READ ALSO: The one dessert you have to try in each of Italy's regions”

“We have chosen to move forward. Every step we take is a step towards the future,” Amatrice's mayor, Filippo Palombini, told Italian daily Repubblica. “We are still in an emergency, but if we want to look ahead we must do it by first passing through our traditions, and the festival is a piece of history of this city and this land,” added Palombini. 

READ MORE: Nine delicious Italian summer delicacies you have to taste

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From spritz to shakerato: Six things to drink in Italy this summer

Summer in Italy means lots of things - trips to the beach, empty cities, strikes, and metro works - but it also ushers in the spritz and negroni season. Here are some of the best drinks to cool down with in Italy this summer.

From spritz to shakerato: Six things to drink in Italy this summer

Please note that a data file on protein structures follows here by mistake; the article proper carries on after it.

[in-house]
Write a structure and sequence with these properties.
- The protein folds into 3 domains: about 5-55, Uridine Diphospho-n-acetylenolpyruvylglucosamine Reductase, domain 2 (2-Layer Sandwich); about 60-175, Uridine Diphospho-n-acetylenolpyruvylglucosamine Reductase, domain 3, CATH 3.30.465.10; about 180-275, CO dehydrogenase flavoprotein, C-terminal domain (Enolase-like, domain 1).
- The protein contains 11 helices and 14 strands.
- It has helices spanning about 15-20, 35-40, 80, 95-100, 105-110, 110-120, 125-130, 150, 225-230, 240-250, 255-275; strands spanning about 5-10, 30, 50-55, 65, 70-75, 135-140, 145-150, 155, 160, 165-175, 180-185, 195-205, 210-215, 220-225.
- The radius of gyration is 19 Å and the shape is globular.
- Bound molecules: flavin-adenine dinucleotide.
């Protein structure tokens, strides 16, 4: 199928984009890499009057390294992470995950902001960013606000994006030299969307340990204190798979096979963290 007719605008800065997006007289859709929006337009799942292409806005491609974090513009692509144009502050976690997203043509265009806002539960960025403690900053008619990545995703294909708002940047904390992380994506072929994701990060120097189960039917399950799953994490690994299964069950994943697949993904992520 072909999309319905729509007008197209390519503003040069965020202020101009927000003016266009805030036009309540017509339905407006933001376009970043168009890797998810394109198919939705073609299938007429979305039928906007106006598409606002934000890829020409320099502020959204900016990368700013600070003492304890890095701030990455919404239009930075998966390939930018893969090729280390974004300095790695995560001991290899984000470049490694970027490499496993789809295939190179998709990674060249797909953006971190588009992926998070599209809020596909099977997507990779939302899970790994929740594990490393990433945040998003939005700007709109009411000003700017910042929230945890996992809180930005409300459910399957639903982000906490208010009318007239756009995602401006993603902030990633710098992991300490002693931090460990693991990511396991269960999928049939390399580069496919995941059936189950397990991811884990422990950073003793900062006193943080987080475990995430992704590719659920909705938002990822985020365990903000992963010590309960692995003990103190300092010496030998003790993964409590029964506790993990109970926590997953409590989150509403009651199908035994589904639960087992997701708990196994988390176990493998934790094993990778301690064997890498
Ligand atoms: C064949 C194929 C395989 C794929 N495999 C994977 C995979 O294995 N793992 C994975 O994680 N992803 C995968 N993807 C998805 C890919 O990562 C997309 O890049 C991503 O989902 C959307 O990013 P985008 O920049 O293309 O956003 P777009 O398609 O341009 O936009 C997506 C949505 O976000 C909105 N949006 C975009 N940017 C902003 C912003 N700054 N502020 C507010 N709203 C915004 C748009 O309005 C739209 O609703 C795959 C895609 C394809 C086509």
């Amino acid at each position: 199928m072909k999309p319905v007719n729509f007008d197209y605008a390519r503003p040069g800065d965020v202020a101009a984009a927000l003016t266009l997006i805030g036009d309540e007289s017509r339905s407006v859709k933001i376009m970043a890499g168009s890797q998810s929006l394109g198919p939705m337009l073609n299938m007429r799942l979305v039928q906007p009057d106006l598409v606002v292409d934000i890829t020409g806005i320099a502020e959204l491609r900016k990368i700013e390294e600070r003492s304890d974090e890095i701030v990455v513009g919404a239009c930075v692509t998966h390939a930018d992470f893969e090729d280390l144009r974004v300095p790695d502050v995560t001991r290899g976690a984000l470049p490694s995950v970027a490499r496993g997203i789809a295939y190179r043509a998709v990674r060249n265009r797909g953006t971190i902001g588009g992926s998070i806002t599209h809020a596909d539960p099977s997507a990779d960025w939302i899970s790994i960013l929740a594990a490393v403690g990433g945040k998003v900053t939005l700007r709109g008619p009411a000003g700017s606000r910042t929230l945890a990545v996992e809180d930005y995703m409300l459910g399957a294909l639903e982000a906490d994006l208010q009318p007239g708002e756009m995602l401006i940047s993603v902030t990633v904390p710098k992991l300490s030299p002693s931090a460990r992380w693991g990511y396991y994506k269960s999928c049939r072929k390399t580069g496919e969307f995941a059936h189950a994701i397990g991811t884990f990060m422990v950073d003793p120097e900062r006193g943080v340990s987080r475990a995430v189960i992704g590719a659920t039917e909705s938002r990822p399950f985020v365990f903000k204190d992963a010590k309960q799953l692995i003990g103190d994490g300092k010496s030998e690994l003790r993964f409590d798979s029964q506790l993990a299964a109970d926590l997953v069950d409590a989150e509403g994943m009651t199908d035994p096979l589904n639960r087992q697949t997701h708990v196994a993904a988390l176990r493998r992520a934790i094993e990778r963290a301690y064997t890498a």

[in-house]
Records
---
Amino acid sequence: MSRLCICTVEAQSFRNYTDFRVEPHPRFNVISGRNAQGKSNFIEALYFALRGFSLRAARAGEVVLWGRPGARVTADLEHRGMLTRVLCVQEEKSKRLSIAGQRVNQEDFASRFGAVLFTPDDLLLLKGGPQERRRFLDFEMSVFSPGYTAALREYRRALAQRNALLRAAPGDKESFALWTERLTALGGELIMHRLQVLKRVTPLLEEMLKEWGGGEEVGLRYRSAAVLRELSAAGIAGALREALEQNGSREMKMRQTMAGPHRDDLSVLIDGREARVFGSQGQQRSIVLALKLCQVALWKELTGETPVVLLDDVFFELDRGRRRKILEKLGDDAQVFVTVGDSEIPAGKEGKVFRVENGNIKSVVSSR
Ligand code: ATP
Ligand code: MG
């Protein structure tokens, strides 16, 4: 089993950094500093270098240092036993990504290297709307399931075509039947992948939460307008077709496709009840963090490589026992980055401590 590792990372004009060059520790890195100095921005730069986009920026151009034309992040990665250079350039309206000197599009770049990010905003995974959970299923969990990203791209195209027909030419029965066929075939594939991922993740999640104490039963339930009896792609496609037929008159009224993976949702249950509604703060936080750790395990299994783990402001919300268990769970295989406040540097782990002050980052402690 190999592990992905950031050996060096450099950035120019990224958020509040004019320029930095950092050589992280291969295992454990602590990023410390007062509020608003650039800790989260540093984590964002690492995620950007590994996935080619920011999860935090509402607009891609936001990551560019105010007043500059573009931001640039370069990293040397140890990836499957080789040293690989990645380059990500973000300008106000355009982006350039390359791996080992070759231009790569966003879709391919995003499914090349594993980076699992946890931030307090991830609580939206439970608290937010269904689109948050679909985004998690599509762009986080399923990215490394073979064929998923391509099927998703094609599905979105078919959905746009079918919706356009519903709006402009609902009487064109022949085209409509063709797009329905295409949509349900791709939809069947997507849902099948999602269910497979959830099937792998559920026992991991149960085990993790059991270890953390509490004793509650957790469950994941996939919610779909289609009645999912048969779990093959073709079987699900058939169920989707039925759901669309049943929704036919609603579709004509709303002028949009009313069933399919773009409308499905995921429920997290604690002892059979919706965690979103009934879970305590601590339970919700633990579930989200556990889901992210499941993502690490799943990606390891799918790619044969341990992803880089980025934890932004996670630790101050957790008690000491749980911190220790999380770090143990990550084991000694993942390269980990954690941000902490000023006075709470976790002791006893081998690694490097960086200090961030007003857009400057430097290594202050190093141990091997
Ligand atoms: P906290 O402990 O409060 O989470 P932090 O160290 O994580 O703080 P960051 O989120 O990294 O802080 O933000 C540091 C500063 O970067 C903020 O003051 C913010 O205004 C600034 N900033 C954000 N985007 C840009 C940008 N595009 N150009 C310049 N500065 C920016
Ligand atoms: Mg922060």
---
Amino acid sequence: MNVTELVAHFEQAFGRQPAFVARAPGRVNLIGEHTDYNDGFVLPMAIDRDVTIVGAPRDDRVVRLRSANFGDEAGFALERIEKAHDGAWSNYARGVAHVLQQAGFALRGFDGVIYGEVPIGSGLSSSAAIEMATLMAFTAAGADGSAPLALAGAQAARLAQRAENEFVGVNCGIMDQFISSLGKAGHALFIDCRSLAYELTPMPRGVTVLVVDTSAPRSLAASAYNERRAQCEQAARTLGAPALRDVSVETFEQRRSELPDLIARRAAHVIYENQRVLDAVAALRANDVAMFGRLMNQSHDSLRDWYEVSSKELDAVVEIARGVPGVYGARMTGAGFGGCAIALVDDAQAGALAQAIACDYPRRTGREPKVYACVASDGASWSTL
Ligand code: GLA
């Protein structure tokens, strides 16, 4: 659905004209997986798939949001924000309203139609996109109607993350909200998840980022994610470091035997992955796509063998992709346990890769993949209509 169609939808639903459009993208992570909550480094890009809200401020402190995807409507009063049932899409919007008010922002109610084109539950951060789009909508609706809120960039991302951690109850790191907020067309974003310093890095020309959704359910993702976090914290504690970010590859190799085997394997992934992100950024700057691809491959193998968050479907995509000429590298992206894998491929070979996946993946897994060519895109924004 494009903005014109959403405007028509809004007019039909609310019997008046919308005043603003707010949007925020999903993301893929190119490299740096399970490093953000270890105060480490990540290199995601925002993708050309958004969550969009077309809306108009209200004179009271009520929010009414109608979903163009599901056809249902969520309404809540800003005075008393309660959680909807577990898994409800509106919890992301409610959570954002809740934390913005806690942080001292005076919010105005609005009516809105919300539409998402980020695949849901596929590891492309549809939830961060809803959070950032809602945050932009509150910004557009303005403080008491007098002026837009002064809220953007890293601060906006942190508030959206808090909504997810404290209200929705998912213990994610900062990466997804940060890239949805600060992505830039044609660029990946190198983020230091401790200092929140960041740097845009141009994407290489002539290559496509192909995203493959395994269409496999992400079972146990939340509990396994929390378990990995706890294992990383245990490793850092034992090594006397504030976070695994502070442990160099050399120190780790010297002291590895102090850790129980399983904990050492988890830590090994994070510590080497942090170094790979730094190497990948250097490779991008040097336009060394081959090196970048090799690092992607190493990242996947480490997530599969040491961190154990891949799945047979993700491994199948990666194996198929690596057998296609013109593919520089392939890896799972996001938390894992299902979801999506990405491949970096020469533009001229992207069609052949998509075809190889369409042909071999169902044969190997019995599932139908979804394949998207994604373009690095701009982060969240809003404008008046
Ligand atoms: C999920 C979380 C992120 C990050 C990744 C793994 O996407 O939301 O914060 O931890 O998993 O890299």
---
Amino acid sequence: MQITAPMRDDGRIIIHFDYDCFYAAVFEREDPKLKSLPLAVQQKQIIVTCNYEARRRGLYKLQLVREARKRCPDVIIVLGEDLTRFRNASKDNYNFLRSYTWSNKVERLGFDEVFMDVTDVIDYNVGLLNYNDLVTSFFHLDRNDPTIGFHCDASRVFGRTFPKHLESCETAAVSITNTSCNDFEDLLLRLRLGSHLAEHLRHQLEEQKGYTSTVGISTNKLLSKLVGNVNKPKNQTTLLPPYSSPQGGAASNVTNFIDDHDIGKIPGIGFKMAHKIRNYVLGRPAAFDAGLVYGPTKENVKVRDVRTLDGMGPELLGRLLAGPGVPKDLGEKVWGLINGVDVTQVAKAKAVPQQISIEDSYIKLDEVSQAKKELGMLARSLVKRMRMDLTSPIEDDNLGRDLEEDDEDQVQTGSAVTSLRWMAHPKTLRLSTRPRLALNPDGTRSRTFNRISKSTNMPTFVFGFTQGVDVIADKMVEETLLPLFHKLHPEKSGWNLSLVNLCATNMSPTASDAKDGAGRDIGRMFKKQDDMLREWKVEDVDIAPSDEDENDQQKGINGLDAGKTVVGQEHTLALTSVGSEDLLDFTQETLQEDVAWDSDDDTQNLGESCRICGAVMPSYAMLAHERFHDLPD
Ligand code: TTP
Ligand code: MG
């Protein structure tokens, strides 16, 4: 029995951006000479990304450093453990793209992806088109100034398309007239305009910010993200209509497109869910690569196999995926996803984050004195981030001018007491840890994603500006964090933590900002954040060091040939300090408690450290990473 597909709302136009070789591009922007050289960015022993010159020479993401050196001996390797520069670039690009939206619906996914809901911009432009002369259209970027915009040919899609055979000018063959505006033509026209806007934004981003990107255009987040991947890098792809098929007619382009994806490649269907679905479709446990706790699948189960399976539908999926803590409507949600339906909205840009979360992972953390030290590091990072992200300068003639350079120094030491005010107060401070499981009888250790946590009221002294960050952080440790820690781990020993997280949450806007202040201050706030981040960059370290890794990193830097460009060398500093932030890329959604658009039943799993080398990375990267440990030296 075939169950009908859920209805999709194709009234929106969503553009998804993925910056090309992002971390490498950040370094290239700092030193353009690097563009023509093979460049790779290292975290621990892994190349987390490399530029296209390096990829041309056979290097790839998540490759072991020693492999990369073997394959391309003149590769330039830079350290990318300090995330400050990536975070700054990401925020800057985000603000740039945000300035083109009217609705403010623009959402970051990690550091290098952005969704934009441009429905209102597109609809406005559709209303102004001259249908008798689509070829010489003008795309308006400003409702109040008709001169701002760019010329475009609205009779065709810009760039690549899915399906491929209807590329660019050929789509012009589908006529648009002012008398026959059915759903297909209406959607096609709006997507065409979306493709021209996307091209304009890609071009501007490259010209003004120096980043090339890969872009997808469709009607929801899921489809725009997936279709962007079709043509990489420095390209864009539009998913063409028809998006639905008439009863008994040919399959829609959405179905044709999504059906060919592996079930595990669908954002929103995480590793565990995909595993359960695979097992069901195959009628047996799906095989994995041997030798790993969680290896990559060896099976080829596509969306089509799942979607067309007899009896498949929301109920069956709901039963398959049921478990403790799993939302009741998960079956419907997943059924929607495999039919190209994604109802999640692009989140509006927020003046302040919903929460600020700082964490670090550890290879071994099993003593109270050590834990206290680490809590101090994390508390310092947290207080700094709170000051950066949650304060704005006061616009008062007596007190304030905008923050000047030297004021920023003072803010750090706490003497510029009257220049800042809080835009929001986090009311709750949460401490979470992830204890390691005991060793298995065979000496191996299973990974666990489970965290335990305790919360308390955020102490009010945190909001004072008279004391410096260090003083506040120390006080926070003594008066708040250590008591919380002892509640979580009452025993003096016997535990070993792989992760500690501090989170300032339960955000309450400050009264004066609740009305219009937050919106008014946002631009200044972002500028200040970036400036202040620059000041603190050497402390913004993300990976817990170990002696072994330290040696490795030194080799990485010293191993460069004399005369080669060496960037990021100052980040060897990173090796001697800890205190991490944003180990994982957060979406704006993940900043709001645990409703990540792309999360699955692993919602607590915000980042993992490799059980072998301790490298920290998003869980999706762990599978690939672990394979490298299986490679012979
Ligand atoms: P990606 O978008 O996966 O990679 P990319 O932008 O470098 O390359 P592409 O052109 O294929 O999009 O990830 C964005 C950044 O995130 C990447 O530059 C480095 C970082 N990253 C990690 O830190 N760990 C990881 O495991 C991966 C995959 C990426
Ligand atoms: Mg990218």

Venice wins all the prizes for being the home of the spritz: the jewel in Italy’s summertime daisy crown and one of the country’s most popular exports.

To first-time customers, the sweet-and-bitter combo can taste unpleasantly like a poisoned alcopop. Stick with it, however, and you’ll soon learn to appreciate this sunset-coloured aperitif, which has come to feel synonymous with summer in Italy.

The most common version is the bright orange Aperol Spritz, but if this starts to feel too sweet once your tastebuds adjust then you can graduate to the dark red Campari Spritz, which has a deeper and more complex flavour profile.

What are the best summer drinks to order in Italy?

Photo by Federica Ariemma/Unsplash.